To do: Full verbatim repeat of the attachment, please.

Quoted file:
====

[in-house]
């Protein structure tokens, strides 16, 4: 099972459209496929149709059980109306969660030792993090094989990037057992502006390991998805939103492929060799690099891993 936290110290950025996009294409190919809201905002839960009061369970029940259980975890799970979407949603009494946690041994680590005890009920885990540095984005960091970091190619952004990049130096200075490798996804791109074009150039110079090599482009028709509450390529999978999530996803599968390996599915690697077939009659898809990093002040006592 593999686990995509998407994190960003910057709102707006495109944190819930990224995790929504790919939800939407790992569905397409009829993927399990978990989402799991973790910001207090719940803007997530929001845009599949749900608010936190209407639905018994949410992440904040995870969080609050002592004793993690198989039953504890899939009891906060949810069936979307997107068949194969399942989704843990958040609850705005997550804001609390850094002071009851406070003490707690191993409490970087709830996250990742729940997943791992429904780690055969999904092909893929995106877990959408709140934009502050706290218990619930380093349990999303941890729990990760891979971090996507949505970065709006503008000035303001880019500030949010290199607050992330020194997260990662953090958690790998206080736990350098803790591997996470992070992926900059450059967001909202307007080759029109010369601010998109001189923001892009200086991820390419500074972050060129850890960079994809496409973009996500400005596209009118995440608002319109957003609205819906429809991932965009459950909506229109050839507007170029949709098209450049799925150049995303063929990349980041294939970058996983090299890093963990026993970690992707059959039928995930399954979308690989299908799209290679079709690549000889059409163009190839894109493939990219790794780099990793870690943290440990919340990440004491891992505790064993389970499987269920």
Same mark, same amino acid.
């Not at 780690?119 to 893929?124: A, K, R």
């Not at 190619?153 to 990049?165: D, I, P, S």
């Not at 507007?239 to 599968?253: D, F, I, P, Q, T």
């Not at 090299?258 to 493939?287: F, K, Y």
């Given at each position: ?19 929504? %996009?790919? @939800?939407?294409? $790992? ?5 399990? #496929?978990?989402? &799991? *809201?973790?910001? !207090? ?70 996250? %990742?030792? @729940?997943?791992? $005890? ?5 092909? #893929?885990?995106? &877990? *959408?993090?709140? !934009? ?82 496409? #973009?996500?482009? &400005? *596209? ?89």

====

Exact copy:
[in-house]
């Protein structure tokens, strides 16, 4: 099972459209496929149709059980109306969660030792993090094989990037057992502006390991998805939103492929060799690099891993 936290110290950025996009294409190919809201905002839960009061369970029940259980975890799970979407949603009494946690041994680590005890009920885990540095984005960091970091190619952004990049130096200075490798996804791109074009150039110079090599482009028709509450390529999978999530996803599968390996599915690697077939009659898809990093002040006592 593999686990995509998407994190960003910057709102707006495109944190819930990224995790929504790919939800939407790992569905397409009829993927399990978990989402799991973790910001207090719940803007997530929001845009599949749900608010936190209407639905018994949410992440904040995870969080609050002592004793993690198989039953504890899939009891906060949810069936979307997107068949194969399942989704843990958040609850705005997550804001609390850094002071009851406070003490707690191993409490970087709830996250990742729940997943791992429904780690055969999904092909893929995106877990959408709140934009502050706290218990619930380093349990999303941890729990990760891979971090996507949505970065709006503008000035303001880019500030949010290199607050992330020194997260990662953090958690790998206080736990350098803790591997996470992070992926900059450059967001909202307007080759029109010369601010998109001189923001892009200086991820390419500074972050060129850890960079994809496409973009996500400005596209009118995440608002319109957003609205819906429809991932965009459950909506229109050839507007170029949709098209450049799925150049995303063929990349980041294939970058996983090299890093963990026993970690992707059959039928995930399954979308690989299908799209290679079709690549000889059409163009190839894109493939990219790794780099990793870690943290440990919340990440004491891992505790064993389970499987269920």
Same mark, same amino acid.
């Not at 780690?119 to 893929?124: A, K, R």
């Not at 190619?153 to 990049?165: D, I, P, S």
């Not at 507007?239 to 599968?253: D, F, I, P, Q, T």
């Not at 090299?258 to 493939?287: F, K, Y």
């Given at each position: ?19 929504? %996009?790919? @939800?939407?294409? $790992? ?5 399990? #496929?978990?989402? &799991? *809201?973790?910001? !207090? ?70 996250? %990742?030792? @729940?997943?791992? $005890? ?5 092909? #893929?885990?995106? &877990? *959408?993090?709140? !934009? ?82 496409? #973009?996500?482009? &400005? *596209? ?89």